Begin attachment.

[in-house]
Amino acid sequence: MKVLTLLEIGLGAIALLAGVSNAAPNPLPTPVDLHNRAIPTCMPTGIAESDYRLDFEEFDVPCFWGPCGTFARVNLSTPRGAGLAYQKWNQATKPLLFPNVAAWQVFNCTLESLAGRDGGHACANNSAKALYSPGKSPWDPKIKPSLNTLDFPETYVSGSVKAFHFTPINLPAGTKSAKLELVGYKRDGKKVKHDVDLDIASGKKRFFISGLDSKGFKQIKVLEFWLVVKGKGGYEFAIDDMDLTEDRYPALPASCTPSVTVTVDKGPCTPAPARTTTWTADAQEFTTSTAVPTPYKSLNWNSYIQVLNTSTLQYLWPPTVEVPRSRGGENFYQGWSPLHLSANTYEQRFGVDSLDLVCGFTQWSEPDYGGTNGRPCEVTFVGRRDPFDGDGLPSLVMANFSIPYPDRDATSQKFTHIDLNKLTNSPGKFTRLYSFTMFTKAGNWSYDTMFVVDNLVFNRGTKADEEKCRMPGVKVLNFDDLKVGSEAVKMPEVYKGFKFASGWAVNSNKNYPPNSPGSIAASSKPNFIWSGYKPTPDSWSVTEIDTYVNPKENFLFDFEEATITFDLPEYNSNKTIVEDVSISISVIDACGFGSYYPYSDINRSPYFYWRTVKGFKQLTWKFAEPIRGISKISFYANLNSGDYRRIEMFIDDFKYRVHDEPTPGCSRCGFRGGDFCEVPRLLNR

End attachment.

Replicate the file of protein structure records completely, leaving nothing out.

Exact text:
[in-house]
Amino acid sequence: MKVLTLLEIGLGAIALLAGVSNAAPNPLPTPVDLHNRAIPTCMPTGIAESDYRLDFEEFDVPCFWGPCGTFARVNLSTPRGAGLAYQKWNQATKPLLFPNVAAWQVFNCTLESLAGRDGGHACANNSAKALYSPGKSPWDPKIKPSLNTLDFPETYVSGSVKAFHFTPINLPAGTKSAKLELVGYKRDGKKVKHDVDLDIASGKKRFFISGLDSKGFKQIKVLEFWLVVKGKGGYEFAIDDMDLTEDRYPALPASCTPSVTVTVDKGPCTPAPARTTTWTADAQEFTTSTAVPTPYKSLNWNSYIQVLNTSTLQYLWPPTVEVPRSRGGENFYQGWSPLHLSANTYEQRFGVDSLDLVCGFTQWSEPDYGGTNGRPCEVTFVGRRDPFDGDGLPSLVMANFSIPYPDRDATSQKFTHIDLNKLTNSPGKFTRLYSFTMFTKAGNWSYDTMFVVDNLVFNRGTKADEEKCRMPGVKVLNFDDLKVGSEAVKMPEVYKGFKFASGWAVNSNKNYPPNSPGSIAASSKPNFIWSGYKPTPDSWSVTEIDTYVNPKENFLFDFEEATITFDLPEYNSNKTIVEDVSISISVIDACGFGSYYPYSDINRSPYFYWRTVKGFKQLTWKFAEPIRGISKISFYANLNSGDYRRIEMFIDDFKYRVHDEPTPGCSRCGFRGGDFCEVPRLLNR